The sublime Faroe Islands continued to shock. I had six quick days here and they were action packed to the core. I managed to visit 7 of the 18 islands in the country and one of the last villages we toured was Kirkjubour on Streymoy Island. Streymoy Island is the island where the capital city Torshavn is situated. My final few days in the Faroe Islands were based in and around Torshavn, having previously toured the north eastern islands of Bordoy, Fugloy, Vidoy and Svinoy as well as Gasadalur and Sorvagur on Vagar.
Getting to Kirkjubour
Public transport in the Faroe Islands exists, but is limited to infrequent buses, boats, taxis and helicopters. However, if you are based in Torshavn, as I was at the excellent Hotel Foroyar, then getting to Kirkjubour is easy.
You can hire a car, get a bus or even walk it. We had done enough hiking and walking in the first few days in the country, and by now had a hired car so we drove the short 15 minute drive from Torshavn out to Kirkjubour. It is on the south west corner of Streymoy island. Just take the number 12 road out of Torshavn, which leads all the way here.
Kirkjubøur is the southernmost village on Streymoy Island in the Faroe Islands. The population of the village is approximately 75. It is regarded as the country’s most important historical site with the ruins of Mururin (Magnus Cathedral) from around 1300, the Saint Olav’s Church from the 12th century and the old farmhouse Kirkjubøargarður from 11th century. The village is a must visit for tourists to the country. In 1832 a runestone was found near the Magnus Cathedral in Kirkjubøur. The stone which is referred to as the Kirkjubøur stone dates back to the Viking Ages.
Kirkjubour is located on the south-west coast of Streymoy and has a view towards the islands Hestur and Koltur towards west and to Sandoy towards south. Koltur is the only one of these that has no boats links – you need to get a helicopter there.
There are four main things to check out in Kirkjubour and you should try and see them all as the village is tiny, and you’ll probably only be here once.
1. St. Olav’s Church/ Kirkjubour Church (and Graveyard)
The recogniseable white church in Kirkjubour is known as St. Olav’s Church. It is not always open. When we visited we were lucky to get inside as there was a Danish bus tour there that day, and they had access to it.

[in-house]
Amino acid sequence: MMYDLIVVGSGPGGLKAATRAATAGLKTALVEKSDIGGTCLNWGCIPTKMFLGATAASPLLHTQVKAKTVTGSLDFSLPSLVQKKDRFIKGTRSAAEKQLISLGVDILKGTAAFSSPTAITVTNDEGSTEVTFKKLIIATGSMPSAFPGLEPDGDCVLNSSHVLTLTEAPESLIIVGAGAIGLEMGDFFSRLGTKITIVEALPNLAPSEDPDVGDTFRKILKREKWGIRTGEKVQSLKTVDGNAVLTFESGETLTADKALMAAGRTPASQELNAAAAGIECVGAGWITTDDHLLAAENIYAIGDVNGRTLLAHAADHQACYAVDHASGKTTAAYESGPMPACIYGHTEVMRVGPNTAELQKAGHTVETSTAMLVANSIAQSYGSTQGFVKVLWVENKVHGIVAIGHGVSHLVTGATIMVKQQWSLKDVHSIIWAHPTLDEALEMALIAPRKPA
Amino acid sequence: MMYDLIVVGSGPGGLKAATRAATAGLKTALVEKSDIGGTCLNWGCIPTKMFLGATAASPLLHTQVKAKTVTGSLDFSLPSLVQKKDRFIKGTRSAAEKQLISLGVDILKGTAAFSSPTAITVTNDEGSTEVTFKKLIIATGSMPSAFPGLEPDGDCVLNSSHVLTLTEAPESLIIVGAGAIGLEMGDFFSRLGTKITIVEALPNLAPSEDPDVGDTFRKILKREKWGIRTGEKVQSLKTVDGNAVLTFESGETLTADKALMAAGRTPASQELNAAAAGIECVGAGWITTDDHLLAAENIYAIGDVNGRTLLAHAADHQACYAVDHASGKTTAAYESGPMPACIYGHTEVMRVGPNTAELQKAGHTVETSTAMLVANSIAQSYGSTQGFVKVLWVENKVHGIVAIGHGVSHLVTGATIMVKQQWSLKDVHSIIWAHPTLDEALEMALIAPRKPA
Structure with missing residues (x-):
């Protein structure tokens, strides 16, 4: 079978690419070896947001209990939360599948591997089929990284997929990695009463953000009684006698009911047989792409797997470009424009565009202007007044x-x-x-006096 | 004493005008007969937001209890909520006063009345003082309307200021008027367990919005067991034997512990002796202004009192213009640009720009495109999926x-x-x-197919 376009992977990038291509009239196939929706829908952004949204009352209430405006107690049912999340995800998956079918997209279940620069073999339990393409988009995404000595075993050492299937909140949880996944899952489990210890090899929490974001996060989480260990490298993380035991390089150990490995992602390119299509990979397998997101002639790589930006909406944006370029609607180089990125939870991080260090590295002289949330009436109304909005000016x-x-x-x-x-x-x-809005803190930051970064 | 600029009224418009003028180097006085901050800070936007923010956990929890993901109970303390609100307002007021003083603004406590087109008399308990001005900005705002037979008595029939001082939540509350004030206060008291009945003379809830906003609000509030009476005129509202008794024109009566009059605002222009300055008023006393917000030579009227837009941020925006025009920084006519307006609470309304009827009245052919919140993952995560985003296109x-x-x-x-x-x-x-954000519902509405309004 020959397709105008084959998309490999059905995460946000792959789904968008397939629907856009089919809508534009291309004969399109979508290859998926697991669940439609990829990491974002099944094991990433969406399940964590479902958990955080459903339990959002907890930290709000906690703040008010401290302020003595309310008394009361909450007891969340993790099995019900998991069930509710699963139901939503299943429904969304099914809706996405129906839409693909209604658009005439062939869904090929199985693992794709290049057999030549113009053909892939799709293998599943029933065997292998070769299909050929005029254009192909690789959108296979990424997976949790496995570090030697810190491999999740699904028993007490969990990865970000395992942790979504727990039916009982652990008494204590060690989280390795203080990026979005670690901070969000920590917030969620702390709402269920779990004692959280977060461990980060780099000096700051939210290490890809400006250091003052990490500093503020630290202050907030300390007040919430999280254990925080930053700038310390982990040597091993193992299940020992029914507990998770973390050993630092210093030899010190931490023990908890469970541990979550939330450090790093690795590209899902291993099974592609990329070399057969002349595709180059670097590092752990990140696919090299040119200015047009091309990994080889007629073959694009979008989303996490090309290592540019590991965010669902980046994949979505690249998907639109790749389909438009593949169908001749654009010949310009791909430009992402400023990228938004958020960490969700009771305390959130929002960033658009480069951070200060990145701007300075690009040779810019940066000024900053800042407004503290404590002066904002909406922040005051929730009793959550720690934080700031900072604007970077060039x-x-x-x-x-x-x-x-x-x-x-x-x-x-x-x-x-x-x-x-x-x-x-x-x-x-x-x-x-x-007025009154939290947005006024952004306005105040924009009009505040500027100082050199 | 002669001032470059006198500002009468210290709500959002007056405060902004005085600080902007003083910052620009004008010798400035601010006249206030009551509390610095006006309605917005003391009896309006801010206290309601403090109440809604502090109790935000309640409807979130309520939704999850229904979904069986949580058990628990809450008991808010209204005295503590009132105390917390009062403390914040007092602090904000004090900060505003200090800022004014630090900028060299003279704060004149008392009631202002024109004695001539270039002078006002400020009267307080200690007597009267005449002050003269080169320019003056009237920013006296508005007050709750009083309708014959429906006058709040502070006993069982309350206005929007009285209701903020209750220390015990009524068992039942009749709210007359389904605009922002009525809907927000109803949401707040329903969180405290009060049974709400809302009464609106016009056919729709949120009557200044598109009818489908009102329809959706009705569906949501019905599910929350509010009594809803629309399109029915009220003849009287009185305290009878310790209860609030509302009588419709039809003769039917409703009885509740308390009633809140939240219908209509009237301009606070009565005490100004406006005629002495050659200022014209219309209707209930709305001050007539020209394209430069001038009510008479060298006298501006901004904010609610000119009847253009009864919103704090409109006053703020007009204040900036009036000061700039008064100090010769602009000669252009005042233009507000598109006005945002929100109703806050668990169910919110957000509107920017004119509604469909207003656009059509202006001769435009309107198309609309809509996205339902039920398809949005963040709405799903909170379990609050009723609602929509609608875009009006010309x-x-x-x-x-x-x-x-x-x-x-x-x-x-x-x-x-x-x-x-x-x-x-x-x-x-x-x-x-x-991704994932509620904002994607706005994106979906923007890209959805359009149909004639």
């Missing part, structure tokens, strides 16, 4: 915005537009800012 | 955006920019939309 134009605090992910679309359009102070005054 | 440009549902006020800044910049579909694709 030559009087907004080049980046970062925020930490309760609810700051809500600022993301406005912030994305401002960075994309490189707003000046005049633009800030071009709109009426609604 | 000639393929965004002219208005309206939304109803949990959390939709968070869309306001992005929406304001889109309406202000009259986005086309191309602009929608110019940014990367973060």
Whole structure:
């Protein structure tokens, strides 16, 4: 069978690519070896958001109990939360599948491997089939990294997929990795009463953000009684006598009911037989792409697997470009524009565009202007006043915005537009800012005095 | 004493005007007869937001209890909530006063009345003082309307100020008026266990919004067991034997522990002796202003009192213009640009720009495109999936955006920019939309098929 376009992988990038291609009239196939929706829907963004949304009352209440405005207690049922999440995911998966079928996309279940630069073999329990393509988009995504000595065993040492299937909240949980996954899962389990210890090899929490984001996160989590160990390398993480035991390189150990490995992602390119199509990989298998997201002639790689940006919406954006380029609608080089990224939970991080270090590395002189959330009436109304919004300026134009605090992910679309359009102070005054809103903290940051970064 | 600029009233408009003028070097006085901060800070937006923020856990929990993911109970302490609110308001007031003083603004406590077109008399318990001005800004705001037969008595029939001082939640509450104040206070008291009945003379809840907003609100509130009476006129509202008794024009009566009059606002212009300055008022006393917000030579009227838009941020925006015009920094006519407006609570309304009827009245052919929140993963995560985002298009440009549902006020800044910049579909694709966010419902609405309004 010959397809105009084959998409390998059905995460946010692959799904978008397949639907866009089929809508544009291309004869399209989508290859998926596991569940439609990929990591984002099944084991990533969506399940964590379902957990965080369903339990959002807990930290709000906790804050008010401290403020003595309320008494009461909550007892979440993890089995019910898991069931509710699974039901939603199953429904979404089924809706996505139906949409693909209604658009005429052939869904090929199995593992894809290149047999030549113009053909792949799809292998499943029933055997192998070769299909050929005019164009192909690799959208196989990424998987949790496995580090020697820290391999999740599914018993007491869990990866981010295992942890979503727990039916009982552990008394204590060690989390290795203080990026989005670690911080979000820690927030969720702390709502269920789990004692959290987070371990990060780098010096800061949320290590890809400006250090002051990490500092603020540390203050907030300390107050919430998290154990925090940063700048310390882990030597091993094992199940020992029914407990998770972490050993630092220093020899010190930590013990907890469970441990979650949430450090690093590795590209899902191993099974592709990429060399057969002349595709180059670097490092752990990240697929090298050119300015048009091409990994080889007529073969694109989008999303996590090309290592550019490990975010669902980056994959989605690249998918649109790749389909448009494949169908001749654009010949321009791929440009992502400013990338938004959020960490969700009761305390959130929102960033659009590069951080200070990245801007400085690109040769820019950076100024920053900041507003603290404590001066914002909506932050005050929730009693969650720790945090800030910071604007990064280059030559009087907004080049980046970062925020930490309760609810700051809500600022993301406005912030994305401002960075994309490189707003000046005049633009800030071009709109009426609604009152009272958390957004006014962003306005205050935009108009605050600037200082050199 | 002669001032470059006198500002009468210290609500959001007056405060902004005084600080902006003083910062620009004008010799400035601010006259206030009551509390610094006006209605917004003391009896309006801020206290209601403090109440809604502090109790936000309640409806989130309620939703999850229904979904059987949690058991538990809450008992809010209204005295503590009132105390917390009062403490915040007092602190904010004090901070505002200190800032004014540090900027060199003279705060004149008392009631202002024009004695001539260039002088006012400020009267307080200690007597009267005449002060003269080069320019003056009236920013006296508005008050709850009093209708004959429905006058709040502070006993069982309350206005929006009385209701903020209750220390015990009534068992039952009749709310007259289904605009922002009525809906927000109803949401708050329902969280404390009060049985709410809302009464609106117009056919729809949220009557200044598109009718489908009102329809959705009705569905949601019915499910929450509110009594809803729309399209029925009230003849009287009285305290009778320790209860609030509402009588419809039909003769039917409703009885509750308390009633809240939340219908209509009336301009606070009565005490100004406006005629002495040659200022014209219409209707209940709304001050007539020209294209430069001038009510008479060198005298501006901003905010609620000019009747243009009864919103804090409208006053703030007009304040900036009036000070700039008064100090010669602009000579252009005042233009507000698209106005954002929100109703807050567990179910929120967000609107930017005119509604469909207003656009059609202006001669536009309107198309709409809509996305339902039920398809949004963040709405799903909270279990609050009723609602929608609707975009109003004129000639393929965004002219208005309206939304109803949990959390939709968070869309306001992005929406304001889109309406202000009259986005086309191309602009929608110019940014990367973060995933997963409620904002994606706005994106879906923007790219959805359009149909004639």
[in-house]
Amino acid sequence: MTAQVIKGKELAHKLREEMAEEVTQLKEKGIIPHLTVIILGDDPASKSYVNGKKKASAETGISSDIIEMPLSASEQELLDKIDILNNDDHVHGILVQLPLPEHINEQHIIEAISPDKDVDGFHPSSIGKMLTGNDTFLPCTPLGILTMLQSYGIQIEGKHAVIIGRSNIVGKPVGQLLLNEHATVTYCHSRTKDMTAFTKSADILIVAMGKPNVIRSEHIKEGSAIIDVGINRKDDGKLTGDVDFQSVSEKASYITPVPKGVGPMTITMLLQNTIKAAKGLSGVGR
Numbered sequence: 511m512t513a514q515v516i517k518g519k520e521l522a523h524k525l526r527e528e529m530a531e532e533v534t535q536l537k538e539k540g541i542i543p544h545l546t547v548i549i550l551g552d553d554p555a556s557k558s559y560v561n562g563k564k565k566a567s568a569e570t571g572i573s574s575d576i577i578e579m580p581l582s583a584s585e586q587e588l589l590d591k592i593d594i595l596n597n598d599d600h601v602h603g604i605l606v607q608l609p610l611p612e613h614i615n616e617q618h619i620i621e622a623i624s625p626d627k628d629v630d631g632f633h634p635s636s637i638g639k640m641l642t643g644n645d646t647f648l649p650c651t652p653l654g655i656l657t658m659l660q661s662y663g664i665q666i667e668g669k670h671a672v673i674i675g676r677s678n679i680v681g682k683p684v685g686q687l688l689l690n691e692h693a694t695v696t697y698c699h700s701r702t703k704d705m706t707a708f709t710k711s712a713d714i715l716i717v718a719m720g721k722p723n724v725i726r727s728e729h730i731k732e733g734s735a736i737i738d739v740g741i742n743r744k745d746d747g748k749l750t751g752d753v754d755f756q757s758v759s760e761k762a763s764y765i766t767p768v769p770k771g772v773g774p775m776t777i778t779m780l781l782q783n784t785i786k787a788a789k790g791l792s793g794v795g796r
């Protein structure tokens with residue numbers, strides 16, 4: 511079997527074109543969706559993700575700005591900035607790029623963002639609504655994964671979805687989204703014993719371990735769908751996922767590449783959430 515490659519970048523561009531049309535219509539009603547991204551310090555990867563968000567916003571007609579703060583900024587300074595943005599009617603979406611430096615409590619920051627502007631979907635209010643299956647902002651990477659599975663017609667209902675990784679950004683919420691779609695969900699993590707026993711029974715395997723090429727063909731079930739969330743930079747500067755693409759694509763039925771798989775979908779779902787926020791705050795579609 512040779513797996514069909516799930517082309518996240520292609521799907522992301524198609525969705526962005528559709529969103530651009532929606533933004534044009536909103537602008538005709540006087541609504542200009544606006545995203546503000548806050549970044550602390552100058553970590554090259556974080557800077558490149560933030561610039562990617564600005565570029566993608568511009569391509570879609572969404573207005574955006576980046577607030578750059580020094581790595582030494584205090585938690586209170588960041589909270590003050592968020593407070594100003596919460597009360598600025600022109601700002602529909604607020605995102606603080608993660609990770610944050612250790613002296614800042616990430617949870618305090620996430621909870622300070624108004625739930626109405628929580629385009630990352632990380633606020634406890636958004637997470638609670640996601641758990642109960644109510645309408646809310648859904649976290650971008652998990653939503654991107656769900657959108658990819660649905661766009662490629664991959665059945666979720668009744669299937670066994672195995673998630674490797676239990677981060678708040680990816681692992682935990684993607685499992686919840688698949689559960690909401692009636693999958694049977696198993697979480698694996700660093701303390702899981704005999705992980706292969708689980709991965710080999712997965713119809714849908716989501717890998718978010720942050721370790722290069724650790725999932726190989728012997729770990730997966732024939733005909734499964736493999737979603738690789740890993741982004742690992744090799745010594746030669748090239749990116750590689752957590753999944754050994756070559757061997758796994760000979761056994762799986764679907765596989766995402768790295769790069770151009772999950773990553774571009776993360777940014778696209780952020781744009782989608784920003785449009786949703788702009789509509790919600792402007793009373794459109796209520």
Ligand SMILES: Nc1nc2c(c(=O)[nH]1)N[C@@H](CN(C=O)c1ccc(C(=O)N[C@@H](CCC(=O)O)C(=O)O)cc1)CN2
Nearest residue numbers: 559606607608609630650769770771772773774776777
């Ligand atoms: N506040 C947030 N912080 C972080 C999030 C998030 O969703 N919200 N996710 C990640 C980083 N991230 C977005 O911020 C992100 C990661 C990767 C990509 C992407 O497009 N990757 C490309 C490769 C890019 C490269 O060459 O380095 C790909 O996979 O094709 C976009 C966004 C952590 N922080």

There is information on the walls inside the church and there is a huge graveyard too. The church dates back to the 12th century and is still in use.
Inside it was warm, cosy and full of Danish tourists!
2. Kirkjuboargardour/ Roykstovan
This is the oldest (continuously inhabitated) wooden log house in the world and is known as Kirkjuboargardour or sometimes Roykstovan so it’s a bit of a treat to visit. This building is the one you will have seen on countless adverts and tourist guides in the Faroes.
You can get inside and you pay 30 Danish Kroner (£3) for entry. You can see what the rooms inside the house are like. People still live here, but it’s become a bit touristy. The building is apparently only open in July and August for tourists, unless a prior appointment was made. We were there early September and because of the Danish tour group, we got inside.
The distinctive black and red colours on the outside are contrasted with brown wooden interiors.
Inside you tour the rooms, everything is well organised and neat and tidy. It’s cosy and warm too.
3. Mururin/ Magnus Cathedral
Sitting in behind the famous red and black house, you will see the ruins of Mururin. This is known in English as Magnus Cathedral. When we were there you could go inside, but the place was being renovated. The roof must have originally been wooden, as it is open top.
4. Kirkjubour Harbour
Kirkjubour sits by the sea and has a small harbour. Boats go from here to Skopun on Sandoy Island and to Hestur on Hestur Island. The actual leaving dock for these boats is not by the car park, but a bit further away from the village. There is another village nearby called Velbastadur but we didn’t visit it.
Overall, Kirkjubour is definitely worth the hype and you should try and see it, maybe just to say you have been inside the oldest inhabited wooden house in the world!
Here are some videos from my time exploring Kirkjubour:
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